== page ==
Sometimes new mapmakers are struggling for ideas for a map, and getting frustrated when the ideas they have are "shot down". Here are some tips for all new mapmakers that can help them come up with a good map idea.
1. Originality does not guarantee quality
Just because an idea is novel, it does not mean it is good. Conversely, just because an idea is not that ground-breaking, doesn't mean that it is bad.
What I mean by this is that originality is not the main qualifier which you should hold your ideas to. Of course very original ideas can also be good, but what you should firstly be looking for in an idea is:
- how many people would really be interested in it? (sometime this can be hard to gauge, posting about it in the melting pot usually helps somewhat)
- how well could the idea be executed? (if your concept is very abstract or something that is fundamentally different from CC gameplay, you'll have to think how well can it be implemented in CC)
Those in my opinion are the main qualifiers, the main questions you should pose to each map idea you get.
2. Try to find ideas from things you like
Ok, this is obviously easier if you happen to be interested in historical wars or something that easily bends into a CC map, rather than if you're interested in, let's say, seagulls and their mating habits.
Still, you'll have a much easier time doing something you're familiar with.
3. Idea first, map later
By this I mean, first come up with an idea for a map. Then come up with a gameplay that suits the idea. Don't just draw a map and then try to adapt it to whatever idea you get later... the one thing that truly separates a good draft from a bad one is that it shows some planning, that there is a solid concept behind it.
* after some criticism & discussion, I'm amending this part somewhat: it's ok if you have an idea for an interesting gameplay first, and then come up with a theme that suits the gameplay. The important part is, that the theme and the gameplay work together and complement each other. However, for new mapmakers it is often still easier to come up with the theme first.
4. Pay attention to details
The details of the theme of your map are important. What is happening, where, to whom, and why, these things need to be answered by your map. In other words, your map should have a background story.
This is not a trivial thing. The story of your map should be one that could stand on it's own even if you wouldn't be making a map out of it.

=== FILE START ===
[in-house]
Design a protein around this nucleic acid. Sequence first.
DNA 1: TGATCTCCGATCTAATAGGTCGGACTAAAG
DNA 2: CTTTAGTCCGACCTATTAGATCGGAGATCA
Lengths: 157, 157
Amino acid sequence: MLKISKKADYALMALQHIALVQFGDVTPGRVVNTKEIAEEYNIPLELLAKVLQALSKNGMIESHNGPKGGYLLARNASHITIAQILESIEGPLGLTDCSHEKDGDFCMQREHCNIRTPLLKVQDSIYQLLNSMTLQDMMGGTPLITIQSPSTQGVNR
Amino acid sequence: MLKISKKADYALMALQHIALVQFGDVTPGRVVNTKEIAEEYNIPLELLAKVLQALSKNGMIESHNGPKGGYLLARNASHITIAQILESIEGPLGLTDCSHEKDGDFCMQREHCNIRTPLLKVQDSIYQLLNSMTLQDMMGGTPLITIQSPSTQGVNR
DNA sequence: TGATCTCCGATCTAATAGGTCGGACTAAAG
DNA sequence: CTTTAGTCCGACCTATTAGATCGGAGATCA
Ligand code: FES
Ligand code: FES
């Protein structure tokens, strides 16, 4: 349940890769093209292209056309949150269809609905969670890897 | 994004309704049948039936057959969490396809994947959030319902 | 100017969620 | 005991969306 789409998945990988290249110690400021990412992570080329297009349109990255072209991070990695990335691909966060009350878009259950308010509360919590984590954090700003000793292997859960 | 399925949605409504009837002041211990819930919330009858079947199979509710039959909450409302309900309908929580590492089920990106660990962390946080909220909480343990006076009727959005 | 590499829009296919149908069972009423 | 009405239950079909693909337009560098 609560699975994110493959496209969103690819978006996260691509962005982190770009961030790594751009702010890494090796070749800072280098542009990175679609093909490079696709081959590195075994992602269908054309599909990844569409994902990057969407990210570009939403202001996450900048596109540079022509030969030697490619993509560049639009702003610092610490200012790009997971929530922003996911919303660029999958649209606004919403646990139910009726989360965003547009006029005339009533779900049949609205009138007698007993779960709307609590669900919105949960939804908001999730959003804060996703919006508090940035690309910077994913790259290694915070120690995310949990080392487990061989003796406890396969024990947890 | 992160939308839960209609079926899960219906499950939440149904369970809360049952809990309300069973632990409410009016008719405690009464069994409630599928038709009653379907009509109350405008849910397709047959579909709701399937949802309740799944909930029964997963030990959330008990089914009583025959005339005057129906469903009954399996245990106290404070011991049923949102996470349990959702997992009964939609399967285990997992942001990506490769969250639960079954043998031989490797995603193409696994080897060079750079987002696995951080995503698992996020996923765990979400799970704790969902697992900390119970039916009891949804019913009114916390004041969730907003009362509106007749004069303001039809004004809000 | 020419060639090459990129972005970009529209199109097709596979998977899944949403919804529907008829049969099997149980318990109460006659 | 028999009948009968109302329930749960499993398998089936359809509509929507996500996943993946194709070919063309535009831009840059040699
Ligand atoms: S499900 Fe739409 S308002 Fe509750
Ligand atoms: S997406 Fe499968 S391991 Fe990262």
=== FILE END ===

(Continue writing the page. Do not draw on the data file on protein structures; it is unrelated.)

5. Designing the gameplay
When you have an idea for a map, you'll need to design the gameplay based on the idea. I have always used Feudal war as an example of a gameplay that complements the idea behind it.
So let's say your idea is the one behind Feudal war: you have 6 feudal warlords fighting each other. Each starts with a castle, which is the warlord's stronghold, and the basis of his power, so the castles are starting points and give a hefty autodeploy. Then let's say that conquering the land around you secures valuable resources and manpower: thus, you get a bonus for holding all the land territories of your kingdom. Your castle being the stronghold of your kingdom, you can use it to bombard all the territories in your kingdom. And so on...
All these things together show a gameplay that is well integrated with the theme of the map. This is what you should strive for when adapting your idea into a CC map.
6. Don't be afraid to make changes
Or even start over, if you're stuck and don't know where to go... Making a map is a long process requiring lots of hard work. So even if you think you have done lots of hard work for your map, it's nothing compared to what is ahead of you. If your map requires a thorough change that will scrap all your hard work and force you to do it all over again, don't be afraid to make that change.
7. Listen to criticism
Of course, not everyone likes the same things, and you shouldn't try to please everyone because you never can. But if 9 people out of 10 have the same complaint, perhaps they are on to something... sometimes it's hard to see the flaws in your own work, when you get attached to it after working hard on it. In those times it's good to step back for a while and try to look at your map with "fresh eyes".
Last edited by natty dread
on Tue Feb 22, 2011 12:36 pm, edited 1 time in total.